While there can be tensions between democratization and development, these are so often overestimated that development practitioners compromise on democracy when in fact they should be insisting on it.
Supporting the women securing a peaceful transition towards democracy in Sudan
Sudan’s 2019 revolution, which abruptly ended the military regime of Omar al-Bashir, showed the world that Sudanese women are standing shoulder to shoulder with men in the fight for democracy. Powerfully, the image that has become synonymous with the revolution in Sudan is that of Alaa Salah; a young woman, dressed in white, passionately addressing protesters. For many, Salah became a symbol of hope and of women’s stake in Sudan’s future.
While there is much to celebrate when looking back on the role of women during the 2019 uprising, the protests were just one step in the journey towards women’s full political participation. The sustained representation and inclusion of women in the formal corridors of power must follow. Women must have a seat at the negotiating table and play an important role in driving political change.
Westminster Foundation for Democracy (WFD) is working to support women who are at the forefront of the fight for inclusive and accountable democracy in Sudan by helping to ensure that they are as well-equipped as possible to play an active role in formal Sudanese politics.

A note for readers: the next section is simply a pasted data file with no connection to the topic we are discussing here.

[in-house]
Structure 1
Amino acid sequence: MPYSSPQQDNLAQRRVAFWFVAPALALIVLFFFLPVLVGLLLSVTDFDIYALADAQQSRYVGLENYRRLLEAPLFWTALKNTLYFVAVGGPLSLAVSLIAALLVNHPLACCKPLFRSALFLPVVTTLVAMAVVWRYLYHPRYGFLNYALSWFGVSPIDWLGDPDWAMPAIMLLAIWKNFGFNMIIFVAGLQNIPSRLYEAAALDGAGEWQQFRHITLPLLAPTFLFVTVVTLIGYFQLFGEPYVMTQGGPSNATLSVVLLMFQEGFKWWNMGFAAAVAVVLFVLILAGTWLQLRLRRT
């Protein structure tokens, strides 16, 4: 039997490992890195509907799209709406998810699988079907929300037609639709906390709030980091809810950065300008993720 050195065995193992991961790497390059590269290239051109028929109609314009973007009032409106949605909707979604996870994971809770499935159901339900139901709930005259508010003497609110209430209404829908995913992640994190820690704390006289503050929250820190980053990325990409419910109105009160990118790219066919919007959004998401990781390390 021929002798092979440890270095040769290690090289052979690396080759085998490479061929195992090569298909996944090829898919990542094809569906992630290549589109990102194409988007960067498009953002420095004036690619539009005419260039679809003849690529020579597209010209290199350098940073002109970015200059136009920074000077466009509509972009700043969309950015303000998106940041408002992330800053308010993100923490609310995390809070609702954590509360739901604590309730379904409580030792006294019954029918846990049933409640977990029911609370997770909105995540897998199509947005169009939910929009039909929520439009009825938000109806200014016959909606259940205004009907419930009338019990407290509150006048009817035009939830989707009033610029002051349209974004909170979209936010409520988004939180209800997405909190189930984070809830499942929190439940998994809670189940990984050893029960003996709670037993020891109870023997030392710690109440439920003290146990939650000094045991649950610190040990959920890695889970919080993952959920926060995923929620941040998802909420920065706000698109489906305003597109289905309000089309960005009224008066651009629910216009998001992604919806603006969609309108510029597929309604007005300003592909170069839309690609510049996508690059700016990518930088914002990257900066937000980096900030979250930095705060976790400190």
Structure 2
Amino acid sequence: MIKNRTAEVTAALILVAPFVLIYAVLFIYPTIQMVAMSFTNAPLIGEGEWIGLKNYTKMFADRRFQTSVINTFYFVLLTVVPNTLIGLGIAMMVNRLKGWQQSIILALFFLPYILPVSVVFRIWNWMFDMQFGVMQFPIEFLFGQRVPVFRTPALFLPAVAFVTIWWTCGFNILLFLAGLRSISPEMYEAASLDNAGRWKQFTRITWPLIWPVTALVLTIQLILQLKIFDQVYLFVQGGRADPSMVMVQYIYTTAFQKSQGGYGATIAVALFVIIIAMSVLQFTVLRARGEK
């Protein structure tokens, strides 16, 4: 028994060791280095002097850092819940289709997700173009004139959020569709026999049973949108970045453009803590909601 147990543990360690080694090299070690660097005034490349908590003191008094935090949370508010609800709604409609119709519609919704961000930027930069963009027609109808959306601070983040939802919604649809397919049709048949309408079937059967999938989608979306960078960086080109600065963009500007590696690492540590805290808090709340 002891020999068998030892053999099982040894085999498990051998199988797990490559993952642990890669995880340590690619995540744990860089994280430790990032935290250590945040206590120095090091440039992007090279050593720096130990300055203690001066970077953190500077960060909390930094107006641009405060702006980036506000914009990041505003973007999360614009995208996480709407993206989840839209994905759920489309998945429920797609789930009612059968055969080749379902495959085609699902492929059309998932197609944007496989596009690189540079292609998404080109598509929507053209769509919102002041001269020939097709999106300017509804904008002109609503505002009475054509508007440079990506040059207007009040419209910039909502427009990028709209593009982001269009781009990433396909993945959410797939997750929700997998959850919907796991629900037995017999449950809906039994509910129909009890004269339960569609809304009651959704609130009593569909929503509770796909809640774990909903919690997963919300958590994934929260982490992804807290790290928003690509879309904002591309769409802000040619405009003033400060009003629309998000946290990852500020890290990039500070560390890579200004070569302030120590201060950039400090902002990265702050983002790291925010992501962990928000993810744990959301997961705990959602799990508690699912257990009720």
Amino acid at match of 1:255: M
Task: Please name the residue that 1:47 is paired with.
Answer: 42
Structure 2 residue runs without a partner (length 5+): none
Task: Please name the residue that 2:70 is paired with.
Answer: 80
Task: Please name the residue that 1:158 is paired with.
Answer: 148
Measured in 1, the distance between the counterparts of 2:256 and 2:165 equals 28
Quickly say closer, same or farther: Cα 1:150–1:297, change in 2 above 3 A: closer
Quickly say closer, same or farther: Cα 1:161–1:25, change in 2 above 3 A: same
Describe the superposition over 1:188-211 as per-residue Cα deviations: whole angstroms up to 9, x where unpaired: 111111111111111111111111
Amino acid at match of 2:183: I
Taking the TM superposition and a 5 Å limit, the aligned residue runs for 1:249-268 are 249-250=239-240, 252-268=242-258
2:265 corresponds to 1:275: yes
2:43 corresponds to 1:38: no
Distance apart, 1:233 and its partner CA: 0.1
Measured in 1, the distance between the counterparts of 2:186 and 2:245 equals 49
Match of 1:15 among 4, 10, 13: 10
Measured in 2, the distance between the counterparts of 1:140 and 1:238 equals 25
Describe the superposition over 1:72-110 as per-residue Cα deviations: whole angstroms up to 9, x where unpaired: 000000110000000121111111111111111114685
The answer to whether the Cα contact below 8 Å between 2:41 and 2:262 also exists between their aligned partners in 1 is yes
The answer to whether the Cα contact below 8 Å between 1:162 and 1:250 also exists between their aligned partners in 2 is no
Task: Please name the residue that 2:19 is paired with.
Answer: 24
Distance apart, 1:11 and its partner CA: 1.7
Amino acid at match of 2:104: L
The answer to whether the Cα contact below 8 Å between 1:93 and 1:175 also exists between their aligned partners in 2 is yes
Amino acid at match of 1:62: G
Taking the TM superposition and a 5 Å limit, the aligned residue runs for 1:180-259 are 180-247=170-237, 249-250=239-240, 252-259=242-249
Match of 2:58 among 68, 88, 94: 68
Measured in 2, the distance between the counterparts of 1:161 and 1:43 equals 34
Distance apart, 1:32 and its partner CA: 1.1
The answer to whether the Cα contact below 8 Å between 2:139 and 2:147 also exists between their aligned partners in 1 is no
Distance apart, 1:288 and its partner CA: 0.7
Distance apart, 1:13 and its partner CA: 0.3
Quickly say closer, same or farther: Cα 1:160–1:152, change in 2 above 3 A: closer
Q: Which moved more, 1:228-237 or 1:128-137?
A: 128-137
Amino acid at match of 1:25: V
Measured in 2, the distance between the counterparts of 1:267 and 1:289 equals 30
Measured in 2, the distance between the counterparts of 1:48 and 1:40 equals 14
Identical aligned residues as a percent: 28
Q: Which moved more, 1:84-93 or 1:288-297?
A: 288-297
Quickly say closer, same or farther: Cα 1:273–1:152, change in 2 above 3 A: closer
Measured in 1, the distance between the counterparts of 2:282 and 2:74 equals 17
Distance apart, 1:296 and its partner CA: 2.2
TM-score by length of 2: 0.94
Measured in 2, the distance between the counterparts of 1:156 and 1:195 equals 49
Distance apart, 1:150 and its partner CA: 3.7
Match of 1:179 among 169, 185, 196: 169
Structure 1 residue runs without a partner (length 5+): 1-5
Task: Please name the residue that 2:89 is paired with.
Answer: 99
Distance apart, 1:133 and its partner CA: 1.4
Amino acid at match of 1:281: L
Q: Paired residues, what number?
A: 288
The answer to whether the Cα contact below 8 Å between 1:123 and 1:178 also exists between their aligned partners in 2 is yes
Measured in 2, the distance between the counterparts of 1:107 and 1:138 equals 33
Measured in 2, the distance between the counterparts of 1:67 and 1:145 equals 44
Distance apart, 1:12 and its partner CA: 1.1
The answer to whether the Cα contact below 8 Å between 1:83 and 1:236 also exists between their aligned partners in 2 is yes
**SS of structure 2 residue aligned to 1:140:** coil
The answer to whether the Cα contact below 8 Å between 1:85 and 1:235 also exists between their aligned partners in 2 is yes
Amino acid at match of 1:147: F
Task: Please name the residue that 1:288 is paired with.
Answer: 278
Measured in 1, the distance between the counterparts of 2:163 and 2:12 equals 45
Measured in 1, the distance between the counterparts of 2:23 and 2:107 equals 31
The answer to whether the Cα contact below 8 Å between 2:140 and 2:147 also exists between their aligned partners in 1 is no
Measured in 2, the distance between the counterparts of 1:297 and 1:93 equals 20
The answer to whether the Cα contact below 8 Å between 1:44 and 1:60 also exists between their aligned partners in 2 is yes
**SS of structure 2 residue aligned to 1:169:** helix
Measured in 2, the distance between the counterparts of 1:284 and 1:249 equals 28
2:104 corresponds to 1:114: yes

Since Sudan’s declaration of independence in 1956, the country has suffered periods of instability, including two civil wars and volatile governments. In late 2018, Sudan saw active citizen protests demanding a civilian government. These demonstrations culminated in the overthrow of Bashir in April 2019 and the installation of the Transitional Military Council (TMC). Soon after, the military and civilian protesters represented by the Sudanese Professional Association reached several agreements to develop a power-sharing government.
Currently, the country’s political institutions are navigating a complex peace process; one in which women’s rights are prioritised and voices heard. UN Security Council Resolution 1325 asserts that women’s leadership and the promotion of women’s rights are priorities for international peace and security. Research shows that when women are engaged in a peace process, outcomes are more durable and long-lasting.
In December 2019, WFD engaged 32 Sudanese women – representing all factions of the Sudan Peace Negotiation – in training workshops. The workshops focused on building the women’s negotiation skills to prepare them for involvement in the peace process. As a result of the training, the women are equipped with increased understanding of and ability to work with the negotiation tracks of security, governance, and humanitarian assistance, and with integrative bargaining techniques.
What is more, WFD facilitated a visit for a Sudanese delegation to Tunisia in February 2020. The delegates, who all play an active role in the country’s transition process, included members of the interim government, the Transitional Sovereignty Council, and Sudanese Civil Society Organisations. As a result of this visit, key actors in Sudan’s transition process have been able to draw on the lessons and experience of Tunisia’s democratic transition process, including the importance of the role of women in securing an inclusive democracy.
WFD continues to support actors working towards a peaceful, inclusive and accountable democracy in Sudan; a democracy that upholds and prioritises the rights of women. Find out more about our work in Sudan.
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